Last Updated on September 14, 2022 by Michael Joseph
Black turtle beans are a popular legume used in dishes around the world.
This article looks at some potential benefits of black turtle beans and their complete nutritional properties.
Table of contents
What Are Black Turtle Beans?
Black turtle beans are commonly known as ‘black beans’ and have the scientific name Phaseolus vulgaris. They belong to the legume family of plants (Fabaceae) (1).
Although they now grow throughout the world, black turtle beans are native to the Americas.
These beans play a prominent role in Mexican cuisine and are known by the Spanish term ‘frijoles negros.’
Nutritionally, black turtle beans combine a beneficial package of protein, fiber, and high levels of several essential vitamins and minerals. In this regard, they are similar to other legumes, such as chickpeas and adzuki beans.
Benefits of Black Turtle Beans
Here is a summary of the primary benefits of black turtle beans.
High In Protein
Black turtle beans offer a good source of protein and are one of the highest-protein plant foods.
The list below shows how much protein different servings of the beans provide:
- 21.2 grams of protein per 100 grams, raw weight (2)
- 39 grams of protein per 184-gram cup, raw weight (2)
- 8.18 grams of protein per 100 grams, cooked weight (3)
- 15.1 grams of protein per 185-gram cup, cooked weight (3)
Combining the beans with a different protein source, such as meat, fish, whole grains, or other legumes, can form a very protein-rich meal.
Rich In Fiber
In addition to protein, black turtle beans also supply significant dietary fiber content.
Here are the amounts of fiber that various serving sizes of the beans provide:
- 15.5 grams of fiber per 100 grams, raw weight (2)
- 28.5 grams of fiber per 184-gram cup, raw weight (2)
- 8.3 grams of fiber per 100 grams, cooked weight (3)
- 15.4 grams of fiber per 185-gram cup, cooked weight (3)
Additionally, the average American only consumes around 50% of the recommended fiber intake (7).
The recommended daily value for fiber, based on a 2000-calorie diet, is 28 grams daily. Thus, foods like black turtle beans are a helpful way to come closer to meeting this fiber intake.
For an even higher fiber legume, see this guide to cannellini beans.
A Significant Source of Folate, Magnesium, and Potassium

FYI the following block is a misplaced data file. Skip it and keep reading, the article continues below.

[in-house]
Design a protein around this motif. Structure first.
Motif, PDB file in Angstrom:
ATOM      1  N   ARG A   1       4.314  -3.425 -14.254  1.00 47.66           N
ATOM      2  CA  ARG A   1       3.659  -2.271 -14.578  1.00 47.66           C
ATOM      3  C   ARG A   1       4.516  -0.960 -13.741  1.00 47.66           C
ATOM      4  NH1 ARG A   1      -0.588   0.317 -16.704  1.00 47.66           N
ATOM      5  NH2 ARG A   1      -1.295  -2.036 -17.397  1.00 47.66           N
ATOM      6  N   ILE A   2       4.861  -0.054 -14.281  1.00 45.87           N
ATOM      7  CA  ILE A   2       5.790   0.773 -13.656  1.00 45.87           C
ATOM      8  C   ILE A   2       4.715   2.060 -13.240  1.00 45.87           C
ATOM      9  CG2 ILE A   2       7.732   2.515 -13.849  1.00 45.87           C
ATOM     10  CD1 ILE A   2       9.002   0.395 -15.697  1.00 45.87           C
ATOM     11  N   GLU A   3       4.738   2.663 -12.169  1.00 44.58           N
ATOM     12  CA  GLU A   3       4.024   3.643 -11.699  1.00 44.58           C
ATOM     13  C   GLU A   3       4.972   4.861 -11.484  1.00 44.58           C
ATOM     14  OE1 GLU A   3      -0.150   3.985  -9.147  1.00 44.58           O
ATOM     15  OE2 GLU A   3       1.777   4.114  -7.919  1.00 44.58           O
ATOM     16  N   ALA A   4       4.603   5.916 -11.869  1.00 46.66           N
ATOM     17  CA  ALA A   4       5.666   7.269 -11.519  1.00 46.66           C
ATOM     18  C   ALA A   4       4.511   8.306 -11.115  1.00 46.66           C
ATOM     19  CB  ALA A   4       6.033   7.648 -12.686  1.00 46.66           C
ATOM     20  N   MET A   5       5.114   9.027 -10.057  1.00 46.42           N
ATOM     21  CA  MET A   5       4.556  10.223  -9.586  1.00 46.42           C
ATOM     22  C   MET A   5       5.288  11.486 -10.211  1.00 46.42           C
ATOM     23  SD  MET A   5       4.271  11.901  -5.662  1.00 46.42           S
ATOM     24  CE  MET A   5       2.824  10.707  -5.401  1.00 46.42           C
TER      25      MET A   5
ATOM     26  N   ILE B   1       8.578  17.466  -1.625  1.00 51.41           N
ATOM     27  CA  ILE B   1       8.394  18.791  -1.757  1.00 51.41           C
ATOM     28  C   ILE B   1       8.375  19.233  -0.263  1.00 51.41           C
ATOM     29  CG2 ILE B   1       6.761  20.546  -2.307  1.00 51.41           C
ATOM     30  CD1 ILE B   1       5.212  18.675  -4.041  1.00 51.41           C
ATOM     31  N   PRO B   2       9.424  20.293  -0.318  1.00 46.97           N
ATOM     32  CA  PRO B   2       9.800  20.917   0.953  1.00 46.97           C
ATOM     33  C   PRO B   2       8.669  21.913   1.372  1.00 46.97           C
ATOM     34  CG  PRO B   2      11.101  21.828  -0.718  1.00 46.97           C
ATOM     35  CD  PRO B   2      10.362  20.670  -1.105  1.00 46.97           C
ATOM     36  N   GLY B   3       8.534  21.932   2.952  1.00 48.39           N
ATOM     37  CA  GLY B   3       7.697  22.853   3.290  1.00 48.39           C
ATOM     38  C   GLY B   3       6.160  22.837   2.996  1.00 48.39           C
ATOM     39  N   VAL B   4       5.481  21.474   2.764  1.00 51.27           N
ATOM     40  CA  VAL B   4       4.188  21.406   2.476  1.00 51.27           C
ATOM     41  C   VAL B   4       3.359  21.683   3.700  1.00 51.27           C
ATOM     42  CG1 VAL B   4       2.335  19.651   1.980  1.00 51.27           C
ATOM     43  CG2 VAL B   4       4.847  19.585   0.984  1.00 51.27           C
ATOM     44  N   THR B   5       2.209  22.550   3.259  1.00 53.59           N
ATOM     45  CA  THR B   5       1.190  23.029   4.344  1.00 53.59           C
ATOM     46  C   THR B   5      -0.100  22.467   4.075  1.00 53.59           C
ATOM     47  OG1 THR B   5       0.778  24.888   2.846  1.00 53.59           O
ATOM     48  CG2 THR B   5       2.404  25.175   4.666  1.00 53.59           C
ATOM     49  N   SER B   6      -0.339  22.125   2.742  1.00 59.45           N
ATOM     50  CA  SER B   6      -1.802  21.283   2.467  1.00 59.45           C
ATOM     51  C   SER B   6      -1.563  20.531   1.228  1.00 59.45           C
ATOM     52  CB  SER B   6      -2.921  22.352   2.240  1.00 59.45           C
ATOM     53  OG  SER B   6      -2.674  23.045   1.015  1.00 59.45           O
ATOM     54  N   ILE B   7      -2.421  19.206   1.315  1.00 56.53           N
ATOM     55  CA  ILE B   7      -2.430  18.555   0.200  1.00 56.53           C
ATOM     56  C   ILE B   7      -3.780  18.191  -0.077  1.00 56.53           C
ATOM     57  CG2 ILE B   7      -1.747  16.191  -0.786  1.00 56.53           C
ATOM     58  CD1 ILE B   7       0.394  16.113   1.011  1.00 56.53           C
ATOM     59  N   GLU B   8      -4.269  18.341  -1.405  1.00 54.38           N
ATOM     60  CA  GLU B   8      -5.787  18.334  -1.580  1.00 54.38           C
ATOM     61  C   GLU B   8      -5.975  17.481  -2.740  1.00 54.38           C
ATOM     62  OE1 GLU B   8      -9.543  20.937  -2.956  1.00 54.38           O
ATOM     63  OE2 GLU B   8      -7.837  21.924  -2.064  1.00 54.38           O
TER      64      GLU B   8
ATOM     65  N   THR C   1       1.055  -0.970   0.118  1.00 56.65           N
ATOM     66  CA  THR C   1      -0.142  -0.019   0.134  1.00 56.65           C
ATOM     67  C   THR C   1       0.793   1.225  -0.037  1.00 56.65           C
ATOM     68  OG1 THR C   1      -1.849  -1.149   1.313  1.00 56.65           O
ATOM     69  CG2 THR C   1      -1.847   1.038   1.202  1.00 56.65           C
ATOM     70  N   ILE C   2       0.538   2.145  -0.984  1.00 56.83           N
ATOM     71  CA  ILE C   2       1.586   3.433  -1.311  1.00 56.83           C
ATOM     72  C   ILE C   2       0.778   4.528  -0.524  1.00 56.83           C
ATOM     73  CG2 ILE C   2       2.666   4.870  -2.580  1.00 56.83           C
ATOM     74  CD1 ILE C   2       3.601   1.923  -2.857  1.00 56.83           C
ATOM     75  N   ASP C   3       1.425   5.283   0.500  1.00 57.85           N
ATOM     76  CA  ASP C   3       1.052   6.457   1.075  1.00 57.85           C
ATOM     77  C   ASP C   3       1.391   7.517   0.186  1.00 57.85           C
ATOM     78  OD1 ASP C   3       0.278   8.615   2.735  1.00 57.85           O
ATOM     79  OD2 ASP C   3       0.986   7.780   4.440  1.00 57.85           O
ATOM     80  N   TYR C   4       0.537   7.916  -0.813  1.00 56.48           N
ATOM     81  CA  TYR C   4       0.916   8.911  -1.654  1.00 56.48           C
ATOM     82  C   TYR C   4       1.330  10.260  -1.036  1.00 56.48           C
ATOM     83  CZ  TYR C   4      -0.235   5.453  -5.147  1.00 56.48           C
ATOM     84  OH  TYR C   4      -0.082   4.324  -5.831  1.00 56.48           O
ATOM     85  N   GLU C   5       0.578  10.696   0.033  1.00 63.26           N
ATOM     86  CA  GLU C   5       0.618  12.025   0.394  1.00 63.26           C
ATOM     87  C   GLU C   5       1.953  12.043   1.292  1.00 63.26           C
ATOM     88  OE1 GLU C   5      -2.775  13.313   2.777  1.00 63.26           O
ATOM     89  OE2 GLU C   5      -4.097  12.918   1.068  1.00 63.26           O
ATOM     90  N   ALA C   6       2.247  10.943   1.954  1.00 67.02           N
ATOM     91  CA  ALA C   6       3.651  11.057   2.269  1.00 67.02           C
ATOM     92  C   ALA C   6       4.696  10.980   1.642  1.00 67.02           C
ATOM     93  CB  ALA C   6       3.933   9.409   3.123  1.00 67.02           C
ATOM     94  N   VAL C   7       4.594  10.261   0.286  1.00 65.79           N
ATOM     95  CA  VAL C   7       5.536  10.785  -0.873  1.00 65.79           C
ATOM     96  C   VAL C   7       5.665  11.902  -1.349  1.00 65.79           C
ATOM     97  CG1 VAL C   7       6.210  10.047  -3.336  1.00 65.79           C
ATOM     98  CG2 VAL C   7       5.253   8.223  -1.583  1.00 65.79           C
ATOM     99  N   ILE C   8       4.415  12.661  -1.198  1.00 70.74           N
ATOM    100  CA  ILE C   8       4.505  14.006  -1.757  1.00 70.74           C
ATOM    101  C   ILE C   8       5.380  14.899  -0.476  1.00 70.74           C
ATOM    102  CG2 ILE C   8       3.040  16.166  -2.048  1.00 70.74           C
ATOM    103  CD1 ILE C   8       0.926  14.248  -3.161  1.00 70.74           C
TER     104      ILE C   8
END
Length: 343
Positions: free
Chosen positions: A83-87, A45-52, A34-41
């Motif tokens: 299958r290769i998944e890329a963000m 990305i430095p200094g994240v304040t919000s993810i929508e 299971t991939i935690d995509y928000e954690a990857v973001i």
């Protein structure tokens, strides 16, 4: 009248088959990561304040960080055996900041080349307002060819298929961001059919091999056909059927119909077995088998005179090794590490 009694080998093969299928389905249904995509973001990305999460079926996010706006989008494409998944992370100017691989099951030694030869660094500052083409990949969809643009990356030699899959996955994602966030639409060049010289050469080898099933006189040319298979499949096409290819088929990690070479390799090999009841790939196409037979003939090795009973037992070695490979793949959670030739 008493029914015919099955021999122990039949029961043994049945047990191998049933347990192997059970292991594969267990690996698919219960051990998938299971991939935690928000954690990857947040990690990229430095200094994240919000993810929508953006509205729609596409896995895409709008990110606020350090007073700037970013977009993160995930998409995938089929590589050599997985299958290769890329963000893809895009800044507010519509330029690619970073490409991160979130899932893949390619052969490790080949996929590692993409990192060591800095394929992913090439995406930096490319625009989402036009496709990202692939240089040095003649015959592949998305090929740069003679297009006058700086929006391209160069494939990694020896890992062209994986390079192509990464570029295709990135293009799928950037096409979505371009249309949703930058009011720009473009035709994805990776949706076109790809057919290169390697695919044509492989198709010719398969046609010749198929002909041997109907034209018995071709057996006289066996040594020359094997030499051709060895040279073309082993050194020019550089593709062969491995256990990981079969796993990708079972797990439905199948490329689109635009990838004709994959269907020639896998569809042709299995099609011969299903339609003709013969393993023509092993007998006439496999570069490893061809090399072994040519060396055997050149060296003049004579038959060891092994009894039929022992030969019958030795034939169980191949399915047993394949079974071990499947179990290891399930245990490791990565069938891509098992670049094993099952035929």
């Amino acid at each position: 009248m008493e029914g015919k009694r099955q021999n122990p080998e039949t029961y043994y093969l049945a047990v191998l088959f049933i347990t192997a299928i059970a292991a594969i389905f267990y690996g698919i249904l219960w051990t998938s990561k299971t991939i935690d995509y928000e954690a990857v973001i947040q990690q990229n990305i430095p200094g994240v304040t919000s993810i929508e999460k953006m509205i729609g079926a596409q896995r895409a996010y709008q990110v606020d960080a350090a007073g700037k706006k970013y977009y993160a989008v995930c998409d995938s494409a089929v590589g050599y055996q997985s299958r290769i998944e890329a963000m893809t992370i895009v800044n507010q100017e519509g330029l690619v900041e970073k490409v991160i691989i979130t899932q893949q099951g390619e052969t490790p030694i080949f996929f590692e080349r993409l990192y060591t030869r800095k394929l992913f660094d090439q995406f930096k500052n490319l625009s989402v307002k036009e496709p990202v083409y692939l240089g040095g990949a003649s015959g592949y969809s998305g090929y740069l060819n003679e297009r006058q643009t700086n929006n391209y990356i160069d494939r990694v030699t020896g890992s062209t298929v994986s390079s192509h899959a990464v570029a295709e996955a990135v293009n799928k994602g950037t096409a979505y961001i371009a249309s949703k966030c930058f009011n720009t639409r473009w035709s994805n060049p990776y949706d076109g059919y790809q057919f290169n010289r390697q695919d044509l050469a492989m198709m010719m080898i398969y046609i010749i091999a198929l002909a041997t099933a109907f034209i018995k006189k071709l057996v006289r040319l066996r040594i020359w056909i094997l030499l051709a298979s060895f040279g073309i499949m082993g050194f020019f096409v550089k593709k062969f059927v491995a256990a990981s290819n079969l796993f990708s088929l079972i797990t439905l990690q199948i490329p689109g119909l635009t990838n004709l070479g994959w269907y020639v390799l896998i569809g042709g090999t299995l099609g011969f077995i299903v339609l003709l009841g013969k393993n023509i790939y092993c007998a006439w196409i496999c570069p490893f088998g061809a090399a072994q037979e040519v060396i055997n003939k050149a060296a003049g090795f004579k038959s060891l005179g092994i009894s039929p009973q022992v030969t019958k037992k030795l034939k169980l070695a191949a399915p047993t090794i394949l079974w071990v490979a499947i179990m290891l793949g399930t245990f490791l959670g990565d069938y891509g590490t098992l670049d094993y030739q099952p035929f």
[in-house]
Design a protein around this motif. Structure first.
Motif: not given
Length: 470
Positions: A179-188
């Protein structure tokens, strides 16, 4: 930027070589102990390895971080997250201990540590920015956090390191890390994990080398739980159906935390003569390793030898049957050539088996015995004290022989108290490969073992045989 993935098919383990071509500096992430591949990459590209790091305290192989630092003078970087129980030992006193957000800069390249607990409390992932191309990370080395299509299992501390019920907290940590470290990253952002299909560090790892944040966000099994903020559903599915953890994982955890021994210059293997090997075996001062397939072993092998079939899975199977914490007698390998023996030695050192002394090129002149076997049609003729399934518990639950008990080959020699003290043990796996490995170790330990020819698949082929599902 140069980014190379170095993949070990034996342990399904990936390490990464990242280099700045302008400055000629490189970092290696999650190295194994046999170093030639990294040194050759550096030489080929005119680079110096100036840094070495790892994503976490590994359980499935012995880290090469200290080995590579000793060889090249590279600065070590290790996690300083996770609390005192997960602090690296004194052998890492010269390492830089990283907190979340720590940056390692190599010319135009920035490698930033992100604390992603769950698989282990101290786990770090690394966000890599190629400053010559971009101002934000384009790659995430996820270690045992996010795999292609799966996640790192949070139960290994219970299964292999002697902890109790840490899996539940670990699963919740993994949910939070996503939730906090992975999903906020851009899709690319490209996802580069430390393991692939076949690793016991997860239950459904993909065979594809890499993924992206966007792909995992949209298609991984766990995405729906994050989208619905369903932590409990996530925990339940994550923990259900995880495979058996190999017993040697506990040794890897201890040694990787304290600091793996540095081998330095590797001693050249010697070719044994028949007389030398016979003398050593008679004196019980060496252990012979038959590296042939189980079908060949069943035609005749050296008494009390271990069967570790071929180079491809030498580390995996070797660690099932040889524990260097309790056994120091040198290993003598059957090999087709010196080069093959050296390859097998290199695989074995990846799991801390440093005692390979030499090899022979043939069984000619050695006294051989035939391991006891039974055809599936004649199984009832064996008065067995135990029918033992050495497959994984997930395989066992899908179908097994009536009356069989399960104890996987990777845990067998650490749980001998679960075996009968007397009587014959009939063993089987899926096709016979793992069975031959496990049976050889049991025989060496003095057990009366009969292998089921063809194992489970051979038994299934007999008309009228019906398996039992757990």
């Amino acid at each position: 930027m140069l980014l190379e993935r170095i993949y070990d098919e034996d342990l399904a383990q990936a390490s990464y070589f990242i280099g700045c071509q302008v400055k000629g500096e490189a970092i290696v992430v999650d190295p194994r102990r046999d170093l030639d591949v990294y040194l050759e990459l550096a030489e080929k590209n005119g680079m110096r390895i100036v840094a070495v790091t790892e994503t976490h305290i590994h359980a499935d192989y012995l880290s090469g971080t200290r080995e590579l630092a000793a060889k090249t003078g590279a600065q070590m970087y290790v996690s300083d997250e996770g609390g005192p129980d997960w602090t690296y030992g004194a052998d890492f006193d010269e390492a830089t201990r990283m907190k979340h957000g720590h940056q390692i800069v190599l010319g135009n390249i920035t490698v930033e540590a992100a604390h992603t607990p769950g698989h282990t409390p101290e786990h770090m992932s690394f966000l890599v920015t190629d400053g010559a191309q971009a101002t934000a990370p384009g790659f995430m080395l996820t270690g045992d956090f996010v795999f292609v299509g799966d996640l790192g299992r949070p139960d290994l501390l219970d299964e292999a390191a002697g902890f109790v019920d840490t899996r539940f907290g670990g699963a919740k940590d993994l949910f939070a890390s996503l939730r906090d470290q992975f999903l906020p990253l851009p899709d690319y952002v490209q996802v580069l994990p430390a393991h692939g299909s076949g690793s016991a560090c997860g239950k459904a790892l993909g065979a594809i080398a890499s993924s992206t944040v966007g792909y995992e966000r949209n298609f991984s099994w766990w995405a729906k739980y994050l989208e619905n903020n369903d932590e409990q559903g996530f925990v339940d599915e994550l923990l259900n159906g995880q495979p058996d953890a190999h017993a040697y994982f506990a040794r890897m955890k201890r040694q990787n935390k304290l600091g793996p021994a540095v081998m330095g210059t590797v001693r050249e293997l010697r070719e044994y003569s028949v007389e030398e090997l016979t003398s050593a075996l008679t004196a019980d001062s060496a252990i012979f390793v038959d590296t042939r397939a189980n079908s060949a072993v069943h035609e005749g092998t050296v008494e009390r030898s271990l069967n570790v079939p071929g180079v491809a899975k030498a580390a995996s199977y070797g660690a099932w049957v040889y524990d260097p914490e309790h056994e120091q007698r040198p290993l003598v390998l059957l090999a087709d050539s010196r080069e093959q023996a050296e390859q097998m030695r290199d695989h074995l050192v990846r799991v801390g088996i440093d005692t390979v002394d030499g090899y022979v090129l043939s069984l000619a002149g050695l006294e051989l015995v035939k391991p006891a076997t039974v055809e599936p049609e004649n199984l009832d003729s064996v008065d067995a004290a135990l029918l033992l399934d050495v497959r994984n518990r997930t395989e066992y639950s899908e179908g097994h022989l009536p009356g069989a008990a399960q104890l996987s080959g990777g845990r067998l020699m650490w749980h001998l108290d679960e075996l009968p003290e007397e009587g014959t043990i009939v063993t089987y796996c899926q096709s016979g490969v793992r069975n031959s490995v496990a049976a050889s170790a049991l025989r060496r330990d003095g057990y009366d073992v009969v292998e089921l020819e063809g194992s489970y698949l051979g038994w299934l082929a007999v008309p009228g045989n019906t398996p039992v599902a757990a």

Among the numerous essential nutrients they contain, black turtle beans provide high amounts of folate, magnesium, and potassium.
Notably, it appears that a considerable number of people may have an insufficient intake of these three nutrients:
- A systematic review of global folate intake in women of reproductive age found that over 11 surveys, folate insufficiency rates were >40% in most countries. Additionally, outright folate deficiency was >20% in countries with lower-income economies. Conversely, outright deficiency rates were under 5% in countries with higher-income economies (8).
- Based on data from 2005-2006, 48% of the United States population had magnesium intakes below recommended levels (9). Unfortunately, no newer data on magnesium status in the United States exists.
- The Dietary Guidelines for Americans, 2020-2025, consider potassium a ‘dietary component of public health concern.’ In other words, the population does not consume enough dietary potassium (10). Based on 24-hour urine collection data from the National Health and Nutrition Examination Survey (NHANES), the average potassium intake was only 1997 mg per day (11). The current recommended daily value for potassium (4,700 mg per day) is more than double this intake level (12).
Magnesium and potassium play an essential role in blood pressure regulation and numerous other vital functions (13).
Folate has many functions, including an essential role in DNA production. Also, folate is particularly important during pregnancy for helping to prevent complications and premature delivery (14).
Black Beans Have a Low Glycemic Index
The glycemic index of foods helps to predict how significantly a particular food will increase blood glucose levels.